Myopic about Mushrooms
I’ve decided wild mushroom foraging will be the new foodie thing I throw myself into here in Maine. Many species seem to thrive in the damp, pine needle-carpeted forests here, and I’m eager to learn more about them. I’ve got black trumpets down. They’re easy to identify as long as you keep looking down, as “Mushroom Maineiac” David Spahr advises. Here, they spring up next to green moss and bright pine seedings.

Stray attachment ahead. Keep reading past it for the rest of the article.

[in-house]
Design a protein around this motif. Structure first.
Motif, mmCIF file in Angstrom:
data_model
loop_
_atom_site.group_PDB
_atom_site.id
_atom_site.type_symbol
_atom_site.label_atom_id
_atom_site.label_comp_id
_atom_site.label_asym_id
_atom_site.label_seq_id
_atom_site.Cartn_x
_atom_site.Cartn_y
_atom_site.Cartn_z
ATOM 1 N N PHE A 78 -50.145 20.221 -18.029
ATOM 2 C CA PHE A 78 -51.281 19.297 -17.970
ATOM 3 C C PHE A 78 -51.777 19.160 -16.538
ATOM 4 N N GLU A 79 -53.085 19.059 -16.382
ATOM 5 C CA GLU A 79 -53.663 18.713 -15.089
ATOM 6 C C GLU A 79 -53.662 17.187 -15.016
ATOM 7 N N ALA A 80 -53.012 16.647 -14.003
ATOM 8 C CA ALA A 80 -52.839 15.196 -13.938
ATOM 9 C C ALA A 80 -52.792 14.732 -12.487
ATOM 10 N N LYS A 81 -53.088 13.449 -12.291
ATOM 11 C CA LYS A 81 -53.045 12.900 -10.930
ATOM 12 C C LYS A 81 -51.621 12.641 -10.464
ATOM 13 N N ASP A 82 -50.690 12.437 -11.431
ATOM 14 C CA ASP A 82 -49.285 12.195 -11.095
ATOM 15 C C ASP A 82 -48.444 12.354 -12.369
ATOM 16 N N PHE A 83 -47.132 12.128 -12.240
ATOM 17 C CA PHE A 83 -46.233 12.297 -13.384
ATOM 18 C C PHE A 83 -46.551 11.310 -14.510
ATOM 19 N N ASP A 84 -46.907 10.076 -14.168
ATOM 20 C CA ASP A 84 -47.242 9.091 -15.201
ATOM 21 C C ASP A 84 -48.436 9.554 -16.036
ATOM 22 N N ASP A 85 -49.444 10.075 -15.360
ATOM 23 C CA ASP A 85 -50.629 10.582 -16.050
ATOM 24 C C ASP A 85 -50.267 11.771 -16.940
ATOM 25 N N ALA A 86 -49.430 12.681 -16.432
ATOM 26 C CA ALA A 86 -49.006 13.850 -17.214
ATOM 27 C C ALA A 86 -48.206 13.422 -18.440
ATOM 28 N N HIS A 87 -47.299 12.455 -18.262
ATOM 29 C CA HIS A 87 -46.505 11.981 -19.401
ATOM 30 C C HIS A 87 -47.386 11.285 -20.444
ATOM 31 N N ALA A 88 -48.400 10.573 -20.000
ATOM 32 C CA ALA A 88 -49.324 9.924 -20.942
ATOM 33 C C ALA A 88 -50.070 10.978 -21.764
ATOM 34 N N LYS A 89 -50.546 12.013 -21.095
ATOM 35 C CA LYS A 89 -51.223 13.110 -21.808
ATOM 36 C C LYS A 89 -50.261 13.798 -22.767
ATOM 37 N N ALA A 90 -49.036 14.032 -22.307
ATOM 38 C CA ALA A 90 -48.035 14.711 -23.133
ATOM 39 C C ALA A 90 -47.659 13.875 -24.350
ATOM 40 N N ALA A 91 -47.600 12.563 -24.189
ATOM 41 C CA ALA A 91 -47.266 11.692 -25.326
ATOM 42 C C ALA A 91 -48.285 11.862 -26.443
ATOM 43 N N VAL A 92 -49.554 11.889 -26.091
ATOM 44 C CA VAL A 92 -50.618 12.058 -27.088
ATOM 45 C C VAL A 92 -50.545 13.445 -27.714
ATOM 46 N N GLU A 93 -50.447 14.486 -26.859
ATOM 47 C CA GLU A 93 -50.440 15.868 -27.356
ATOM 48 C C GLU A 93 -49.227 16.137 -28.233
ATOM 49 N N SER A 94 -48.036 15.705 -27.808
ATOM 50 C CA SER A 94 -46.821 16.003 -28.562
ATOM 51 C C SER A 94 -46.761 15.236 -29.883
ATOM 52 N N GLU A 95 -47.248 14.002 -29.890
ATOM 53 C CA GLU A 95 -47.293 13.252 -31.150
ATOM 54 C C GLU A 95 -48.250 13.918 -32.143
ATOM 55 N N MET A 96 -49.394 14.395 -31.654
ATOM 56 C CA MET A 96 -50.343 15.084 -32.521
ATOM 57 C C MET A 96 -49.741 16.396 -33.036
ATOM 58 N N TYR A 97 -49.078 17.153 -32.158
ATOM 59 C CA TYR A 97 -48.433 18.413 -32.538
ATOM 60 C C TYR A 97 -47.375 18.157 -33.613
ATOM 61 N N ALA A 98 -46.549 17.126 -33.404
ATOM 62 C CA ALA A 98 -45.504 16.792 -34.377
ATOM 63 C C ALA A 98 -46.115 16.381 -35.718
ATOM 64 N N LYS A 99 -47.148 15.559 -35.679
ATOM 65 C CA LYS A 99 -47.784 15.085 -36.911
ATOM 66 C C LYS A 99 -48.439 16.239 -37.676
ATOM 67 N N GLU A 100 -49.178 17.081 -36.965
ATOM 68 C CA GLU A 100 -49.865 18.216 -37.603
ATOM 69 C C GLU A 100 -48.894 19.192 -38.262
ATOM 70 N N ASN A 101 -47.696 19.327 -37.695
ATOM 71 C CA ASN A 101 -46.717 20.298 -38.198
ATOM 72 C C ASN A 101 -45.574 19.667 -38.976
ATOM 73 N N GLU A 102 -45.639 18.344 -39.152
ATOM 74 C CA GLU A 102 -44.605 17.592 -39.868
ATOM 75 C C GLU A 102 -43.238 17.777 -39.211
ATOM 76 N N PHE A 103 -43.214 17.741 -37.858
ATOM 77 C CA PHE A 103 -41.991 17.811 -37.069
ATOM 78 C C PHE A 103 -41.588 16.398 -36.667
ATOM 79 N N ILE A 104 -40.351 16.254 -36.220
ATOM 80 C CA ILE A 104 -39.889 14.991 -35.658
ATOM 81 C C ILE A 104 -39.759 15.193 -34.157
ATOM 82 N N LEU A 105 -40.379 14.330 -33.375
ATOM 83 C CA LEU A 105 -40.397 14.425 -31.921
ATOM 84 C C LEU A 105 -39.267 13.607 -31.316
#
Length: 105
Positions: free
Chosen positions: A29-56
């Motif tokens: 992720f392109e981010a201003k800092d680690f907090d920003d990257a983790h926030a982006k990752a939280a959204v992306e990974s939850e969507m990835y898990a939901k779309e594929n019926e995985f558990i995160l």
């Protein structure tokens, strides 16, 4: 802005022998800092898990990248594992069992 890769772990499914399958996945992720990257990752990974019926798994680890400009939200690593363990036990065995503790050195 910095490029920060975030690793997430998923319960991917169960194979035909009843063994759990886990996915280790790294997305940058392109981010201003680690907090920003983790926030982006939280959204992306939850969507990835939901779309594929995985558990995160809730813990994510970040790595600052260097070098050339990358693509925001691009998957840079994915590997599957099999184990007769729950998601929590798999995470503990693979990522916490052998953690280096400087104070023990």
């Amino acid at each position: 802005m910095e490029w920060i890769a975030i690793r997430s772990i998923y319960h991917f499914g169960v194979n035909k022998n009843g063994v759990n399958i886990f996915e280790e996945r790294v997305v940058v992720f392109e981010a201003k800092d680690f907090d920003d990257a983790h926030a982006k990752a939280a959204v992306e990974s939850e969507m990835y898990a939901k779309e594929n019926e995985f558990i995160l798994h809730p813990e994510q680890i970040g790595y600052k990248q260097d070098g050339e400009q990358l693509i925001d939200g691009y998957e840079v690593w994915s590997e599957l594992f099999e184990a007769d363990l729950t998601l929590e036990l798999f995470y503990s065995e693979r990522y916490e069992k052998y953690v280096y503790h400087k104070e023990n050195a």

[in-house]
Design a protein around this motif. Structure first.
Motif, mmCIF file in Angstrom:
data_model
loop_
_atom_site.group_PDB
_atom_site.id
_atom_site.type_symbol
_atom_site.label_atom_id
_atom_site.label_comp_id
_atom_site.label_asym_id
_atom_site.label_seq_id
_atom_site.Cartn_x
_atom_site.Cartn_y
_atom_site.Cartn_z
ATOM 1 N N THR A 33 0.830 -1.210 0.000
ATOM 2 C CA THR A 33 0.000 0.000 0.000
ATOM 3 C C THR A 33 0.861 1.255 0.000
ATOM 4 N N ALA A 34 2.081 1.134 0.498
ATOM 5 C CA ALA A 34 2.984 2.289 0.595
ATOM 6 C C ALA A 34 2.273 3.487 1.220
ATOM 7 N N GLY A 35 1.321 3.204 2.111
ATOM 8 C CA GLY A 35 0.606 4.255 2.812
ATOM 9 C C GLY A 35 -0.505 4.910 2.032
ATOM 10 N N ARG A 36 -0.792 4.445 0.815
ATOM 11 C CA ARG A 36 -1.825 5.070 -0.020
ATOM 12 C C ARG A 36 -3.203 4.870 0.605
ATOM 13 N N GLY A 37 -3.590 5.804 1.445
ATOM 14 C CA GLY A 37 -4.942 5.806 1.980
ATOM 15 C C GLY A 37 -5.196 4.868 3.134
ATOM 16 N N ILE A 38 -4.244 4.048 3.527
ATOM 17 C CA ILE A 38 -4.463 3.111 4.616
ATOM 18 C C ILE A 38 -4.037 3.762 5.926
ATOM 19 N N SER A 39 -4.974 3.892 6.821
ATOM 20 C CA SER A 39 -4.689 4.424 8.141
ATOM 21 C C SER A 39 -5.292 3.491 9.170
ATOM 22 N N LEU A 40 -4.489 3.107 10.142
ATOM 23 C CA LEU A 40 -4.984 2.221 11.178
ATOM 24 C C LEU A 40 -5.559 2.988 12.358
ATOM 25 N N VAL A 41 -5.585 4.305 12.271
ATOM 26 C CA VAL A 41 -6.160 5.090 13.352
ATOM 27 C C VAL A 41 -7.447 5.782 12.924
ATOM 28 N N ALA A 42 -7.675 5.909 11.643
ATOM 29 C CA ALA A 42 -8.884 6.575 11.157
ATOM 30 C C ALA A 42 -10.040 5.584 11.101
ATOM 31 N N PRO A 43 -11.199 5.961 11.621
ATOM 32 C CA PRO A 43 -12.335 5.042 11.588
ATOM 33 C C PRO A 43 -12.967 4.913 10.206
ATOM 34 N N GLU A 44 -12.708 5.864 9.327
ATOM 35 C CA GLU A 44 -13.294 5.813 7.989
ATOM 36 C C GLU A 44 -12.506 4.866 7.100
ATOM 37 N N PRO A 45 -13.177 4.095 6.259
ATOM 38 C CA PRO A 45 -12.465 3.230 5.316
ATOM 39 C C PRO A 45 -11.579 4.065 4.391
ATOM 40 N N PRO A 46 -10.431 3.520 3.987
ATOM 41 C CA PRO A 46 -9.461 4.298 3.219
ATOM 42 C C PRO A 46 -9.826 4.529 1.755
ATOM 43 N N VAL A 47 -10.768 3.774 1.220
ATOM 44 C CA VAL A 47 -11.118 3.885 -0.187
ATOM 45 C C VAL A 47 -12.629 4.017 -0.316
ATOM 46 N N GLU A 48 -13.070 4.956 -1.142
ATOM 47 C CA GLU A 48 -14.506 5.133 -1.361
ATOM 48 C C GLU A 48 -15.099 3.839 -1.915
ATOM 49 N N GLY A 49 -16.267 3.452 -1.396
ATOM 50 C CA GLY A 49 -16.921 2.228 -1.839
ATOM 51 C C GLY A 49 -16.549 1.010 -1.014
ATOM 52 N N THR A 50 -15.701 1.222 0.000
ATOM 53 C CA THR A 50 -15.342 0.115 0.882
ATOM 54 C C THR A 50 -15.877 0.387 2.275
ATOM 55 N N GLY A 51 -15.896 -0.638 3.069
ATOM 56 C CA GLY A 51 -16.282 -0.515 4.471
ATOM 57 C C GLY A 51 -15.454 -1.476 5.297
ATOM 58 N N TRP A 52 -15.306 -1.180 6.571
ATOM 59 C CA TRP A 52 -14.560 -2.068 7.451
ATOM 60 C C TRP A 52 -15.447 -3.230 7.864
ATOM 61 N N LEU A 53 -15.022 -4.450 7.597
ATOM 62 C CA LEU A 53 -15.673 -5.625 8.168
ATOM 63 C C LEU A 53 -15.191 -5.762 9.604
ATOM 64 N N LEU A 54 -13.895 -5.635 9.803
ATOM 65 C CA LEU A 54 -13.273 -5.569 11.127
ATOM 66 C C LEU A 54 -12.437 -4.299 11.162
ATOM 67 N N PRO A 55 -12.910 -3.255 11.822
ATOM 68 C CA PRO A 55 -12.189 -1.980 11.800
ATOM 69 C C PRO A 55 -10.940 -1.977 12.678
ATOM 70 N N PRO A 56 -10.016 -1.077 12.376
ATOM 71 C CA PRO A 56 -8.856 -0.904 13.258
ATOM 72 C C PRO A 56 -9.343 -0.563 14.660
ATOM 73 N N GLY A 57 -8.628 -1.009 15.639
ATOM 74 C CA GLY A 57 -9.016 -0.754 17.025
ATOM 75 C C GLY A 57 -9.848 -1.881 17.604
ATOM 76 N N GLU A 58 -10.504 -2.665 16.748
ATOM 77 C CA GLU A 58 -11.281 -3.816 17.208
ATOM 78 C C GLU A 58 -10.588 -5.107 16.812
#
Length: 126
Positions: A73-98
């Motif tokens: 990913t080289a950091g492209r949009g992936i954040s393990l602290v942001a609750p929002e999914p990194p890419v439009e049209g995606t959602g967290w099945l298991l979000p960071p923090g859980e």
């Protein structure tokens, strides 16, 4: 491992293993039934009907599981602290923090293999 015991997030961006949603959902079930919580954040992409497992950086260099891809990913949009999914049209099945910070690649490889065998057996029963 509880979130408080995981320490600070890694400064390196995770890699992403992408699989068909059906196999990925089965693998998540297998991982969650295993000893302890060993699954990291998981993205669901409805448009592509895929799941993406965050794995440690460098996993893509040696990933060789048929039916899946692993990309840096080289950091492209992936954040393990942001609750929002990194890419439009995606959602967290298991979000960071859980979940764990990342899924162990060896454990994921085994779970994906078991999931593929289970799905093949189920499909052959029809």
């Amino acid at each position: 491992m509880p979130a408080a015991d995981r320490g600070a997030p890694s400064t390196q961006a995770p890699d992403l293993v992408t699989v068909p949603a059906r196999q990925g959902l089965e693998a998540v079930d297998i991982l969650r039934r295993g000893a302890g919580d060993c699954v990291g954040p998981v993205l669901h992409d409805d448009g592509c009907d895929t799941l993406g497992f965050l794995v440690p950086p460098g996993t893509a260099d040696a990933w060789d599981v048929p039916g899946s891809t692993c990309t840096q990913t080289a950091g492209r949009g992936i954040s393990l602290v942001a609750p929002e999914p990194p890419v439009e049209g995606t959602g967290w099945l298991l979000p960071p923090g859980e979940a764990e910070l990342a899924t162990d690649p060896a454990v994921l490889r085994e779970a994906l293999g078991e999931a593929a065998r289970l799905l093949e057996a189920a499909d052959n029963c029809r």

Now, I’m in hot pursuit on a hike. I understand how hunters and fisherman feel. Even if you have to throw your catch back, there’s still the thrill of that “aha!” moment of discovery. I had that in the woods yesterday, chancing upon what I thought were small Chanterelles and a big Bolete that sure looks like a Porcini. We consulted friends and David Spahr’s book. I had been inspired by a display at this weekend’s MOFGA Common Ground Fair. In some ways, the more I read, the more pictures I viewed, the more doubt crept in. It just isn’t worth the risk unless you’re sure. I’ll think about joining the Maine Mycological Association and going out in the company of experts soon. The nearby Long Branch School in Bowdoinham organizes monthly forays. Trouble is, you get the most bang for your wild mushroom buck if you go out on a secret mission, and lose yourself in the woods alone.